Peña also has a terrific track record as a patient power hitter, a glove wizard and a very solid clubhouse presence. For a team just ready to move from rebuilding to serious contention next season, Peña is the perfect target.
Troy Tulowitzki notwithstanding, the Rockies lack right-handed thump in their lineup and need to add depth at third base, in the outfield and at first base.
Cuddyer kills all those birds with one stone, though his defense at third base is seriously suspect and that may not be a viable spot for him any longer.
Still, Cuddyer could easily find 500-plus plate appearances in the mix in Colorado, and has 30-homer power given that kind of playing time in Coors Field.
Johnson is the best second baseman available this winter, and that is a position of marked need for the Tigers going forward.
Johnson doesn't fit perfectly, because the Tigers do not want for left-handed batters, but he could continue to round out a lineup that already rates as the AL Central's best.
Looking to capitalize on the opening of their new ballpark and draw some fans to the joint, the Marlins seem poised to get aggressive in the pursuit of a high-profile free agent or two.
They have already expressed their interest in Ramirez, and one can only assume Ramirez would be interested as well if the team offered a multi-year deal.
Third base might be Florida's (soon to be Miami's) biggest positional problem, and adding a slugger at that spot would be huge for them.
Ramirez could also slide across the diamond on occasion and play some first base if and when all-glove hot corner prospect Matt Dominguez is ready.
Even after disposing of expensive assets Roy Oswalt, Hunter Pence and Michael Bourn, the Astros do not figure to get heavily involved in any bidding wars this winter. They will try to develop some prospects at the positional spots. They hope Jason Castro can return at full strength at catcher, and that Jose Altuve can lock in as the starting second baseman.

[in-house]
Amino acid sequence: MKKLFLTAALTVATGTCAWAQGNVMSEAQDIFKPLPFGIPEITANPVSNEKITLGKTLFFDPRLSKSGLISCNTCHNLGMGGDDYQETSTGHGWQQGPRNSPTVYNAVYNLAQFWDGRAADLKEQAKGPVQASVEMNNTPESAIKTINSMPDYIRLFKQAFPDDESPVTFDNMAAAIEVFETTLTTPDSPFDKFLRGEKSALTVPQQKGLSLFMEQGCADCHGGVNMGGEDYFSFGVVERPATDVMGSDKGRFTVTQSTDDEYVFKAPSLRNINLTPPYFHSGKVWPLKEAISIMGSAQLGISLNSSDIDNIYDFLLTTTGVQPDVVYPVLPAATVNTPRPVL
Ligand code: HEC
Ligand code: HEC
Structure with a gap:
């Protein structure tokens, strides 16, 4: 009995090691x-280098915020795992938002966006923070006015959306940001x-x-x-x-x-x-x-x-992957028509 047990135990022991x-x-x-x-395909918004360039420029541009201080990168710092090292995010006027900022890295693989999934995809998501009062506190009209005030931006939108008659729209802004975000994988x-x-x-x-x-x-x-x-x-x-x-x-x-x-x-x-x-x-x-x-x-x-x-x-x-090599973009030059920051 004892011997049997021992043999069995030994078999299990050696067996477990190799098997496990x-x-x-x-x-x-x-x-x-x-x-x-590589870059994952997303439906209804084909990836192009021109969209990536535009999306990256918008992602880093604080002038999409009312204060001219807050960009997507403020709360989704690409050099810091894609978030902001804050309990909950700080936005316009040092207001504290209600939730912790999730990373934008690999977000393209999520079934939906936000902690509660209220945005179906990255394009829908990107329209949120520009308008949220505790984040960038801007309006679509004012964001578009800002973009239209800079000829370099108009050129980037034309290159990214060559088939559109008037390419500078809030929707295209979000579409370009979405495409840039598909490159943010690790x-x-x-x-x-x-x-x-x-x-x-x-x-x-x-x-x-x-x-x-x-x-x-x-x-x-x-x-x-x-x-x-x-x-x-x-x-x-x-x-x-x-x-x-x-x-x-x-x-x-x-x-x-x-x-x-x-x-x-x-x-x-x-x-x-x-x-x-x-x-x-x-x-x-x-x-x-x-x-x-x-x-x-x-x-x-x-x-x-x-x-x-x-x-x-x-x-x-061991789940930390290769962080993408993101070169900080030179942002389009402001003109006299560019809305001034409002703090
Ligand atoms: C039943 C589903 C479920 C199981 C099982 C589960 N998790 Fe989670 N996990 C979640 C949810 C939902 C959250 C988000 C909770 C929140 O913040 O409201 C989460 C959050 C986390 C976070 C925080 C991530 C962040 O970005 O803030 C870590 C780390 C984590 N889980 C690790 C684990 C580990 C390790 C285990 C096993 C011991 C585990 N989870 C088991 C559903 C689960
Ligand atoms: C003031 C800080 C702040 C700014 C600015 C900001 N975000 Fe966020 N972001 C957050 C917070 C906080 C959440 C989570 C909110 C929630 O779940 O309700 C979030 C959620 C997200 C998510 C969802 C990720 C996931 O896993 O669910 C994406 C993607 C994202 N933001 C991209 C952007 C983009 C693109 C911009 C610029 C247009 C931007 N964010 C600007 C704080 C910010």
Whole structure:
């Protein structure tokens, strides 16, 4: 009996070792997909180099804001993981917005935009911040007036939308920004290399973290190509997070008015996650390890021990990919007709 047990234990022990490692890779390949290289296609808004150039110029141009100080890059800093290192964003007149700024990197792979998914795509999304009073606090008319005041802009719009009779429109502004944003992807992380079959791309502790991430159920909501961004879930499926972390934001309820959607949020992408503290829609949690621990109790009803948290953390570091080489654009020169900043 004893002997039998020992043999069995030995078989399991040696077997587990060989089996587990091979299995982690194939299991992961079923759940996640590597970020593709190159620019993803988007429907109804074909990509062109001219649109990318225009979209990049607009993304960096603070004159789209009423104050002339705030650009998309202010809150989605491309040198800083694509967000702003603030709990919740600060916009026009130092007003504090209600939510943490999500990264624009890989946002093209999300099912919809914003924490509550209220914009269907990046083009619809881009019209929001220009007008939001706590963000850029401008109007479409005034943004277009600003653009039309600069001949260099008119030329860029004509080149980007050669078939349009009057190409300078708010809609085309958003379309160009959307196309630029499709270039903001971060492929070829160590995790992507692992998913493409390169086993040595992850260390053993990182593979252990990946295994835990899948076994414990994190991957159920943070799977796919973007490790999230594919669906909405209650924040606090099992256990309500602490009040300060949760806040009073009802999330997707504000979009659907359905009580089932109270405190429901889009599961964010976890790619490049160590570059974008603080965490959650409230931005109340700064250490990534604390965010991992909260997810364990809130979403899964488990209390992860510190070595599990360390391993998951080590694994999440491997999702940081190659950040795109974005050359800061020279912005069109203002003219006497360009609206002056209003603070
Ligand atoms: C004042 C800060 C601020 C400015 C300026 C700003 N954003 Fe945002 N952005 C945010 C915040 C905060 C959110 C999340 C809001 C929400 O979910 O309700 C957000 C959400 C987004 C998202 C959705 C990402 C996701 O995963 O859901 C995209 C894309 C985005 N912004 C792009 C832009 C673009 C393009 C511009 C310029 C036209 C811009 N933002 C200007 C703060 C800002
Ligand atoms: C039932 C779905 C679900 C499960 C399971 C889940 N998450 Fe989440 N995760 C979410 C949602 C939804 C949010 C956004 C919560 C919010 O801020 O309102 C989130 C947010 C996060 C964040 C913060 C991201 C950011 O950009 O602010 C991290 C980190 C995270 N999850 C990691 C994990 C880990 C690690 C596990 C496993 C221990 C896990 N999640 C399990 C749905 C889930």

On the pitching side, the Astros might be a bit more willing to make a minor signing. Wandy Rodriguez, Bud Norris and Jordan Lyles are a solid trio, but both Norris and Lyles could learn a good deal from a hurler like Penny, and anyway, Houston does not have any other arms knocking down the door to the big leagues. A trade of Rodriguez would make Penny an even smarter pick-up.
It might be a pipe dream, as Vazquez is rumored to be pondering retirement, but Kansas City could use a sturdy, durable workhorse to head their weak rotation and take pressure off the young arms all around their staff.
Vazquez consistently eats innings, strikes batters out and keeps walks under control.
After a miserable 2010 and a lousy first half in 2011, Vazquez has rebounded to post a 1.54 ERA, with 71 strikeouts, 50 hits and 13 walks allowed in 76 innings over his last 11 starts. He would fit perfectly in Kansas City.
Vernon Wells and Jeff Mathis have combined for 791 plate appearances this season. In those appearances, they have amassed an OPS of .591. Their performances have cost the Angels 30.1 runs this year, relative to average players.
Mark Trumbo, who mans first base for the Angels right now, has not been able to make up for that massive drain, adding just six runs to the Angels' ledger in his 562 plate appearances.
Meanwhile, Fielder has been worth 42.5 runs to the Brewers over 667 plate appearances. He is the Angels' best target because he can best fix what's wrong with this team: They did not score enough runs to support one of the American League's top three pitching staffs.
Note: The run values above reflect data drawn from statcorner.com, and is based on run-expectancy frameworks that assign run values to every outcome a batter achieves. Read more about the process here.